The Arch of Galerius is a marble high relief triumphal arch which is structurally linked as part of a prestigous 4th century imperial precinct composed of palace and a rotunda possible intended as a mausoleum. The octopyle gate between the northern end of the palace and the southern entrance of the rotunda. The arch was constructed in 298-299 AD, but wasn't dedicated until 303 AD, and celebrates the victory of the tetrarch Galerius over the Sassanid Persians and the capture of Ctesiphon. Only three pillars remain extant with substantial damage to the figures on the relief through either damnatio memoriae or iconoclasm. More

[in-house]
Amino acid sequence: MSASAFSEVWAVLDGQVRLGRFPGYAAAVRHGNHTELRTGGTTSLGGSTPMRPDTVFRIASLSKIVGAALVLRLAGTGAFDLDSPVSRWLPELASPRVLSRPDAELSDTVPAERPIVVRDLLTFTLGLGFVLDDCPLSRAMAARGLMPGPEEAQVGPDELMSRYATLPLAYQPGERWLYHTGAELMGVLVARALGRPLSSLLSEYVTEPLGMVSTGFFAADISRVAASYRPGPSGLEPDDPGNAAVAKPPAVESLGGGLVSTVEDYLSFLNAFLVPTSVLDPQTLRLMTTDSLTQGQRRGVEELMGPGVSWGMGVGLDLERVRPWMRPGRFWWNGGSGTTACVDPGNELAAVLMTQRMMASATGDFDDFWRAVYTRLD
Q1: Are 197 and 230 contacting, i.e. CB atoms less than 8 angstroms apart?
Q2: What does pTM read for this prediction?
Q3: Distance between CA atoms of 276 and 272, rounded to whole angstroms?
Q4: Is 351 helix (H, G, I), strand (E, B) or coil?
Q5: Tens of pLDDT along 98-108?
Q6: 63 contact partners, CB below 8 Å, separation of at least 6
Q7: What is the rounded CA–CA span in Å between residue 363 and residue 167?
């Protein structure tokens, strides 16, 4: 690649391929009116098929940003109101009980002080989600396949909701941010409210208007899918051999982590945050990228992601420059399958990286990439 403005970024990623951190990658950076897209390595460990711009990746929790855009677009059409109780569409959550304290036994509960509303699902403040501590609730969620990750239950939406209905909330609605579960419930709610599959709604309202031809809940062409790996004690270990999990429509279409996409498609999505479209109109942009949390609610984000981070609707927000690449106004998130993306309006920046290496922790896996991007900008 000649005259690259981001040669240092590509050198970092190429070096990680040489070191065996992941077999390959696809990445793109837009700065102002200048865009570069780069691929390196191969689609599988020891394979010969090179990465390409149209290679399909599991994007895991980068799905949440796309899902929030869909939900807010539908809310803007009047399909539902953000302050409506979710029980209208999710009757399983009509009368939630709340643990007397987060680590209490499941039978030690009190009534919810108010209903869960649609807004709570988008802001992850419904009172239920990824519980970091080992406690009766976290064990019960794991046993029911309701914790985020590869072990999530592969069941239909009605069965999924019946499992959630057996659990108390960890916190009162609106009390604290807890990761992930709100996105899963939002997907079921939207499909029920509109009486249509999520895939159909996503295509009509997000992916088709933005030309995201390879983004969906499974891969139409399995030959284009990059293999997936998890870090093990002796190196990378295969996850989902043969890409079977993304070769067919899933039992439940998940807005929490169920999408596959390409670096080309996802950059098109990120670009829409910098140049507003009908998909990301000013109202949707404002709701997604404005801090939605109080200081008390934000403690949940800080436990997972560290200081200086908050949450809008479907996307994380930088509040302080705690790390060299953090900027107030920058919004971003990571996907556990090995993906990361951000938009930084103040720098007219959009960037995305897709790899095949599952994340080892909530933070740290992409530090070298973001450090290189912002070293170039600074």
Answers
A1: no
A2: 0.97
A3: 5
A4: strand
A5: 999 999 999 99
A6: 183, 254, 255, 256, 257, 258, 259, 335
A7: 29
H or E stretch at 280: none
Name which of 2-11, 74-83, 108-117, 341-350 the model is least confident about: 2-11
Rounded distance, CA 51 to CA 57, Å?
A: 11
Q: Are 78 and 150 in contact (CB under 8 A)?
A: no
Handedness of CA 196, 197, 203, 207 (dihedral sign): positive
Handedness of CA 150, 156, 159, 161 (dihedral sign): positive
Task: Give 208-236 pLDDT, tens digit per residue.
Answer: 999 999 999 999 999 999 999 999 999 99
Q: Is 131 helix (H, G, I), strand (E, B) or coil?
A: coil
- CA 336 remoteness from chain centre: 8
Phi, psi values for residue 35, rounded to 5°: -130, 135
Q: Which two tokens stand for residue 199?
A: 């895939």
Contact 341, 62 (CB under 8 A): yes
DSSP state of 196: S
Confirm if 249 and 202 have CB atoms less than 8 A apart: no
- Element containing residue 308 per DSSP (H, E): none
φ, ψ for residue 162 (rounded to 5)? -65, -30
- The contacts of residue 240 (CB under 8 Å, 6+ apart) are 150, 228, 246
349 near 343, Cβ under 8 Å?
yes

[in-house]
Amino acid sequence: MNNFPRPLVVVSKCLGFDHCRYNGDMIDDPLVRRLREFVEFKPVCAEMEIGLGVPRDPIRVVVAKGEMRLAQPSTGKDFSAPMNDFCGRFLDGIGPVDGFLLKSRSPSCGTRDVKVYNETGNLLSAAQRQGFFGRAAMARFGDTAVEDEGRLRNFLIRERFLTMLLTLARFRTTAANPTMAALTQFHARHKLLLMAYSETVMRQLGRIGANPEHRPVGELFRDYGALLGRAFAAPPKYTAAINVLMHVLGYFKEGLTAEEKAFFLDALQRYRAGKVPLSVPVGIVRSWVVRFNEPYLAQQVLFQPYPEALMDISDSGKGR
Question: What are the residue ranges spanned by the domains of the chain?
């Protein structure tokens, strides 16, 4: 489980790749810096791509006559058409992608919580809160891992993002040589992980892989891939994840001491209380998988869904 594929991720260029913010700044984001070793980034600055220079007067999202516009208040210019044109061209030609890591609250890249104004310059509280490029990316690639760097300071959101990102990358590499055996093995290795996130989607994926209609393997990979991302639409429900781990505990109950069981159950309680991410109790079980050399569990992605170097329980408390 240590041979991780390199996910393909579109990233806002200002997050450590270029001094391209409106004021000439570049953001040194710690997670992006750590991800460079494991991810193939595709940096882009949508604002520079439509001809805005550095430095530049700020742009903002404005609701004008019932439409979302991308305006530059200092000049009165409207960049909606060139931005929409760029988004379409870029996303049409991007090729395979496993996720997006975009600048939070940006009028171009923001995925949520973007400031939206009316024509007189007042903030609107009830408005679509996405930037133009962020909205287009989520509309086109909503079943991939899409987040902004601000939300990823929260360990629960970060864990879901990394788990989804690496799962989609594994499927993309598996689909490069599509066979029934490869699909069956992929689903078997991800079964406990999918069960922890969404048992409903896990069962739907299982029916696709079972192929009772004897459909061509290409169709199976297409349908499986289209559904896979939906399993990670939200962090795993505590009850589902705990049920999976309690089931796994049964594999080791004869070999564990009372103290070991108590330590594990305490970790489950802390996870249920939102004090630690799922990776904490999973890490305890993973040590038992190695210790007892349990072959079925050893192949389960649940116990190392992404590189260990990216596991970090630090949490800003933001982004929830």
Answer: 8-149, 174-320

Laubscher, H. P. (1975). Der Reliefschmuck des Galeriusbogens in Thessaloniki. Berlin.
Rothman, M. S. P. (1977). ‘The thematic organization of the panel reliefs on the arch of Galerius’, American Journal of Archaeology 81: 427–54.